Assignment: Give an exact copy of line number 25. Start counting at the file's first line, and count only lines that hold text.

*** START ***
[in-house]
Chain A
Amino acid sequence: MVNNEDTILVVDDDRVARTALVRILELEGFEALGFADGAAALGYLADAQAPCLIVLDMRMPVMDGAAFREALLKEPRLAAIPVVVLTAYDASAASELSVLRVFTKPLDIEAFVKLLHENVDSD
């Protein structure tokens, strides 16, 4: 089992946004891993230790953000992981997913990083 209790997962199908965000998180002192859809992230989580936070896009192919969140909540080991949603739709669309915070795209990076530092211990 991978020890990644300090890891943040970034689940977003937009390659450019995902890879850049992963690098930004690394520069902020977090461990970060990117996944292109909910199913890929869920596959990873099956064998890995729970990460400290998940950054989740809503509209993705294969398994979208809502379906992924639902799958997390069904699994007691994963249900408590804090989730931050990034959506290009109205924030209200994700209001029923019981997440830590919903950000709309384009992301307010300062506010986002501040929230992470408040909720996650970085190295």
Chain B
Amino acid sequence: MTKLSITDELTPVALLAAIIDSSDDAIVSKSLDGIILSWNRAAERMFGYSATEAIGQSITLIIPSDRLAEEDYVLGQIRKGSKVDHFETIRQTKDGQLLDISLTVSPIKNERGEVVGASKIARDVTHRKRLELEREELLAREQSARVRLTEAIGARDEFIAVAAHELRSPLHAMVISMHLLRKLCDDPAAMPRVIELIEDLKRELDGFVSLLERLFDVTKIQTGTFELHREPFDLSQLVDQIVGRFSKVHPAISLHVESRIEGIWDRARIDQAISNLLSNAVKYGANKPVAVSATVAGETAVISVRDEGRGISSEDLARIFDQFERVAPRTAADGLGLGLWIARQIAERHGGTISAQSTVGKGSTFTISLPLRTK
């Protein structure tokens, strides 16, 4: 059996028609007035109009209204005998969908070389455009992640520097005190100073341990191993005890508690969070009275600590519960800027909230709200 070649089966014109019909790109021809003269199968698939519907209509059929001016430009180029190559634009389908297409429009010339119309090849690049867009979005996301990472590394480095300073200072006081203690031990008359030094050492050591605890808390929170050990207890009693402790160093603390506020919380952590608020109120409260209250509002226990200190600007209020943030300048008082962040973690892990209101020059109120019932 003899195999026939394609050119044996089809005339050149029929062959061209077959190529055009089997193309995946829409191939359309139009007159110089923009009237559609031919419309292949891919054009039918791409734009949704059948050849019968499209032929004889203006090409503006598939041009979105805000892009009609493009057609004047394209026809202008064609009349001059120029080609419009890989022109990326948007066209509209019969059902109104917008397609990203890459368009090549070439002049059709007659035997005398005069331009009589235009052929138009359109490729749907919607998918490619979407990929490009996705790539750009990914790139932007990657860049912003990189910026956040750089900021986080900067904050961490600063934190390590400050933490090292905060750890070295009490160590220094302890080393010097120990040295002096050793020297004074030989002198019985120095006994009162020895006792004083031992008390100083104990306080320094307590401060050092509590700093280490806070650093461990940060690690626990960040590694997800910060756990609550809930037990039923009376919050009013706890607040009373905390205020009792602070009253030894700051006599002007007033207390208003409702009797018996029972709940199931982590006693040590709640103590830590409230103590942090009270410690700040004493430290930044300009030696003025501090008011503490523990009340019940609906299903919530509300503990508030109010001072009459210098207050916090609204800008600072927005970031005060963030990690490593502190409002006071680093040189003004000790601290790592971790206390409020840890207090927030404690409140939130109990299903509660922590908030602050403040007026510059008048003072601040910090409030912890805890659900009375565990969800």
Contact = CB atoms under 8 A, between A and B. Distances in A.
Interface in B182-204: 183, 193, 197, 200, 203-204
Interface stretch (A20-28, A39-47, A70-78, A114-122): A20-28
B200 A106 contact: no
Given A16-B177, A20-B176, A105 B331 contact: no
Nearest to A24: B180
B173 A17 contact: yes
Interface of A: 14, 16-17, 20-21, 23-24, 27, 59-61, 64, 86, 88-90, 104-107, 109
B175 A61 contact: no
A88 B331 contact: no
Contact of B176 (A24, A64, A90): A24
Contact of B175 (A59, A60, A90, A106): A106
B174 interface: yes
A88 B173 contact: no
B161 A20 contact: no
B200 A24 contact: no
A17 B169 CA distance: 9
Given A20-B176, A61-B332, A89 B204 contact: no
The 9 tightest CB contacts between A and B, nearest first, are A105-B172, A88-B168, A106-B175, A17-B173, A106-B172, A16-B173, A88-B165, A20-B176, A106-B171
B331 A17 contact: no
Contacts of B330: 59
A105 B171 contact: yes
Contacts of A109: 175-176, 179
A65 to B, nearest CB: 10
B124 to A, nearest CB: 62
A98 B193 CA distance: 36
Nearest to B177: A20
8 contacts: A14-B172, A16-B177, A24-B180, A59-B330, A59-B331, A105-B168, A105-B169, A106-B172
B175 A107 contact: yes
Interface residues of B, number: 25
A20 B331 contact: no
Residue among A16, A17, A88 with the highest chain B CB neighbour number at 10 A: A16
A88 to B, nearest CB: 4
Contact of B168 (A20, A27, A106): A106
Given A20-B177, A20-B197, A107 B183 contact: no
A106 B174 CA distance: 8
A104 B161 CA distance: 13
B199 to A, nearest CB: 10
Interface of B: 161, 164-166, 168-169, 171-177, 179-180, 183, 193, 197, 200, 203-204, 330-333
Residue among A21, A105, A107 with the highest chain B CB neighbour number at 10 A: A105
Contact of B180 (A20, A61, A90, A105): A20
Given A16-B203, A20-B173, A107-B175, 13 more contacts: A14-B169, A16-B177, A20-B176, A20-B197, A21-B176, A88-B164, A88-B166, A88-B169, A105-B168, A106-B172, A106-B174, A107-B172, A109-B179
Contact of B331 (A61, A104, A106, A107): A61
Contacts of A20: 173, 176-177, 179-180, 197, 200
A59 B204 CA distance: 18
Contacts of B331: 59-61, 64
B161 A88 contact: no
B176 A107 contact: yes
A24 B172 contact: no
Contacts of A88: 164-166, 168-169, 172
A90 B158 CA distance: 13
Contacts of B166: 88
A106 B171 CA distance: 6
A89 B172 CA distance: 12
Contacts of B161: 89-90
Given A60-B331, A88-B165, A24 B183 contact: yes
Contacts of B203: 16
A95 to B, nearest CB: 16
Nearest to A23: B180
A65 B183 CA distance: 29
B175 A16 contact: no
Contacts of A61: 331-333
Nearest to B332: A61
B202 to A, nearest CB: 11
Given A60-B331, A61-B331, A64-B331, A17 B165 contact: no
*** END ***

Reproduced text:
Given A20-B176, A61-B332, A89 B204 contact: no